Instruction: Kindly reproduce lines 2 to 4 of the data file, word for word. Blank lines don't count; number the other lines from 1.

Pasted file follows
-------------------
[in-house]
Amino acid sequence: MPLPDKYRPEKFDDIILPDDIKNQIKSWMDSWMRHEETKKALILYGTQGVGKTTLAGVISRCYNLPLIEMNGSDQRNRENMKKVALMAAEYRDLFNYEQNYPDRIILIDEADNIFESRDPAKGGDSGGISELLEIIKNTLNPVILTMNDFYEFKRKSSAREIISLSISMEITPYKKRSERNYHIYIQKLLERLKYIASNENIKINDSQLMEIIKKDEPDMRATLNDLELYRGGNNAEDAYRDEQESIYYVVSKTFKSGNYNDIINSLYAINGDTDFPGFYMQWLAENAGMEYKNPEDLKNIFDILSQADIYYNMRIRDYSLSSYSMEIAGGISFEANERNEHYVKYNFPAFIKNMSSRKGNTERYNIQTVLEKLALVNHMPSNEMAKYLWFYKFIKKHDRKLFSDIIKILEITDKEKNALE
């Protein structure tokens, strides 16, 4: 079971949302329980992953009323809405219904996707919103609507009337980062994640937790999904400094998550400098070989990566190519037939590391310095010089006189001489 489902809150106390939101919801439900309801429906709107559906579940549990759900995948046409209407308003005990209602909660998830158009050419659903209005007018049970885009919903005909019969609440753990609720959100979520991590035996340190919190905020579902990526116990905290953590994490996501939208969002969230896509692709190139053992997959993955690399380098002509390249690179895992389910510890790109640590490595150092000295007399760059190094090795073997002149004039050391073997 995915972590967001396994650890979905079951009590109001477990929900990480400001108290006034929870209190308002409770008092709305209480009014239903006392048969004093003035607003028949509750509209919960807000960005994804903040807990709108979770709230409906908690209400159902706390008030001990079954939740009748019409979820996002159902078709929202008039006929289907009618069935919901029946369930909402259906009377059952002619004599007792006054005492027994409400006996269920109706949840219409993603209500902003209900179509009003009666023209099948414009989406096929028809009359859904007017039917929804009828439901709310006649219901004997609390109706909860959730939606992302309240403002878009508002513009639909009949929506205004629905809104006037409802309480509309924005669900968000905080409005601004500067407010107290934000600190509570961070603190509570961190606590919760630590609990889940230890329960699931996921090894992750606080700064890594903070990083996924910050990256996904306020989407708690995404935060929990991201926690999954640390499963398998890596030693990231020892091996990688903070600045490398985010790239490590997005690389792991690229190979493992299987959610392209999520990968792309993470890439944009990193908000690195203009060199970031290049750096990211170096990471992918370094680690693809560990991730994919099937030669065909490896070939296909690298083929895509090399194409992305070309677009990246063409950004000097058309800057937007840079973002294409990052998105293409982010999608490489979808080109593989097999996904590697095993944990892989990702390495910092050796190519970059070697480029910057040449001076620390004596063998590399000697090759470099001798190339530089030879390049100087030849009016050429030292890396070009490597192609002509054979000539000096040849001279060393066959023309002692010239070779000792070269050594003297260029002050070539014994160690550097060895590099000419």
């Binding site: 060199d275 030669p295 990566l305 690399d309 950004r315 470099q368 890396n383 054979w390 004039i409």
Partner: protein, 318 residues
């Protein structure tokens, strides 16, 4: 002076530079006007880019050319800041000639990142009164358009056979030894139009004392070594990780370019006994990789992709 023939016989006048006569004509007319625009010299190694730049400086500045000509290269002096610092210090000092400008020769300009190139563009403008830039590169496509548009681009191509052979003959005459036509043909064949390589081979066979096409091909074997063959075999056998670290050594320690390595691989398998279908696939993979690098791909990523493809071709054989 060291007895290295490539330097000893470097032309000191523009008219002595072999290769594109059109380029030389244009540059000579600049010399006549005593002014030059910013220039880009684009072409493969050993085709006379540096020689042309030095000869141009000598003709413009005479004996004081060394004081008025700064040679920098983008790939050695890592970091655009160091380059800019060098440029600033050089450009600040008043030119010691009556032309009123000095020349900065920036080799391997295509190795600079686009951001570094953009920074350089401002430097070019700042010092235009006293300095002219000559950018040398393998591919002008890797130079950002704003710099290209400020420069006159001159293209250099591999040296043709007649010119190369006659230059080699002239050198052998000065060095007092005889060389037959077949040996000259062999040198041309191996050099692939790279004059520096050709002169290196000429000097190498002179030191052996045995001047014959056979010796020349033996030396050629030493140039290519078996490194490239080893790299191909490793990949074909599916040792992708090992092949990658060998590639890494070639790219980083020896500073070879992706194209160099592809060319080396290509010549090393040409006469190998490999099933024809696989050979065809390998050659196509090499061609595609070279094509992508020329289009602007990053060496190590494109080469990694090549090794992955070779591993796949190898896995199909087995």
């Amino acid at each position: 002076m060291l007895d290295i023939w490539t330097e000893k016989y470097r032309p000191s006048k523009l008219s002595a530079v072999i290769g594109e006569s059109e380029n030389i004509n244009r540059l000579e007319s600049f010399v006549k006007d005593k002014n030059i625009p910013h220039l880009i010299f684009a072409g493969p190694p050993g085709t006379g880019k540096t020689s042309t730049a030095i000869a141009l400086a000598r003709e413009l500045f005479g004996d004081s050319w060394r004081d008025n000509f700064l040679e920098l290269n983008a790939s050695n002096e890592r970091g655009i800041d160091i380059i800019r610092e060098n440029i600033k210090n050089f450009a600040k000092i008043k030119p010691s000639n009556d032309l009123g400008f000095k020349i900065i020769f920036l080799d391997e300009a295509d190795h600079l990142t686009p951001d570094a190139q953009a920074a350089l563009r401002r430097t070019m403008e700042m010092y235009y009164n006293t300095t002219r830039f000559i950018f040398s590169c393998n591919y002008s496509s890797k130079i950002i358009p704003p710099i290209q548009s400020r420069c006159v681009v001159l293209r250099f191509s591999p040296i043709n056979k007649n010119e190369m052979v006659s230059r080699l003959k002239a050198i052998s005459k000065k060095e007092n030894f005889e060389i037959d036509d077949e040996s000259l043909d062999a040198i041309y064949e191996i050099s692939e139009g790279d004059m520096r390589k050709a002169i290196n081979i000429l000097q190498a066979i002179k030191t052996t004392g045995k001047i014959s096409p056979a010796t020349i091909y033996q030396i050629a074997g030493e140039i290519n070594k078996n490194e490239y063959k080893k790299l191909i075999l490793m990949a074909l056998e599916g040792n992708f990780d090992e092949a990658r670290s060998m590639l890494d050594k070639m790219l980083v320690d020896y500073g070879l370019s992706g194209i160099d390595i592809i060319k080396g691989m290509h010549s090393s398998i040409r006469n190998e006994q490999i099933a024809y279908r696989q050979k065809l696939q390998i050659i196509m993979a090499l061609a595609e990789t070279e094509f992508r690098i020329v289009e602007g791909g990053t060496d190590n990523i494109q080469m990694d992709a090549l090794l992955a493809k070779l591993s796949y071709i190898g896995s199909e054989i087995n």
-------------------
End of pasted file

Amino acid sequence: MPLPDKYRPEKFDDIILPDDIKNQIKSWMDSWMRHEETKKALILYGTQGVGKTTLAGVISRCYNLPLIEMNGSDQRNRENMKKVALMAAEYRDLFNYEQNYPDRIILIDEADNIFESRDPAKGGDSGGISELLEIIKNTLNPVILTMNDFYEFKRKSSAREIISLSISMEITPYKKRSERNYHIYIQKLLERLKYIASNENIKINDSQLMEIIKKDEPDMRATLNDLELYRGGNNAEDAYRDEQESIYYVVSKTFKSGNYNDIINSLYAINGDTDFPGFYMQWLAENAGMEYKNPEDLKNIFDILSQADIYYNMRIRDYSLSSYSMEIAGGISFEANERNEHYVKYNFPAFIKNMSSRKGNTERYNIQTVLEKLALVNHMPSNEMAKYLWFYKFIKKHDRKLFSDIIKILEITDKEKNALE
């Protein structure tokens, strides 16, 4: 079971949302329980992953009323809405219904996707919103609507009337980062994640937790999904400094998550400098070989990566190519037939590391310095010089006189001489 489902809150106390939101919801439900309801429906709107559906579940549990759900995948046409209407308003005990209602909660998830158009050419659903209005007018049970885009919903005909019969609440753990609720959100979520991590035996340190919190905020579902990526116990905290953590994490996501939208969002969230896509692709190139053992997959993955690399380098002509390249690179895992389910510890790109640590490595150092000295007399760059190094090795073997002149004039050391073997 995915972590967001396994650890979905079951009590109001477990929900990480400001108290006034929870209190308002409770008092709305209480009014239903006392048969004093003035607003028949509750509209919960807000960005994804903040807990709108979770709230409906908690209400159902706390008030001990079954939740009748019409979820996002159902078709929202008039006929289907009618069935919901029946369930909402259906009377059952002619004599007792006054005492027994409400006996269920109706949840219409993603209500902003209900179509009003009666023209099948414009989406096929028809009359859904007017039917929804009828439901709310006649219901004997609390109706909860959730939606992302309240403002878009508002513009639909009949929506205004629905809104006037409802309480509309924005669900968000905080409005601004500067407010107290934000600190509570961070603190509570961190606590919760630590609990889940230890329960699931996921090894992750606080700064890594903070990083996924910050990256996904306020989407708690995404935060929990991201926690999954640390499963398998890596030693990231020892091996990688903070600045490398985010790239490590997005690389792991690229190979493992299987959610392209999520990968792309993470890439944009990193908000690195203009060199970031290049750096990211170096990471992918370094680690693809560990991730994919099937030669065909490896070939296909690298083929895509090399194409992305070309677009990246063409950004000097058309800057937007840079973002294409990052998105293409982010999608490489979808080109593989097999996904590697095993944990892989990702390495910092050796190519970059070697480029910057040449001076620390004596063998590399000697090759470099001798190339530089030879390049100087030849009016050429030292890396070009490597192609002509054979000539000096040849001279060393066959023309002692010239070779000792070269050594003297260029002050070539014994160690550097060895590099000419």
């Binding site: 060199d275 030669p295 990566l305 690399d309 950004r315 470099q368 890396n383 054979w390 004039i409």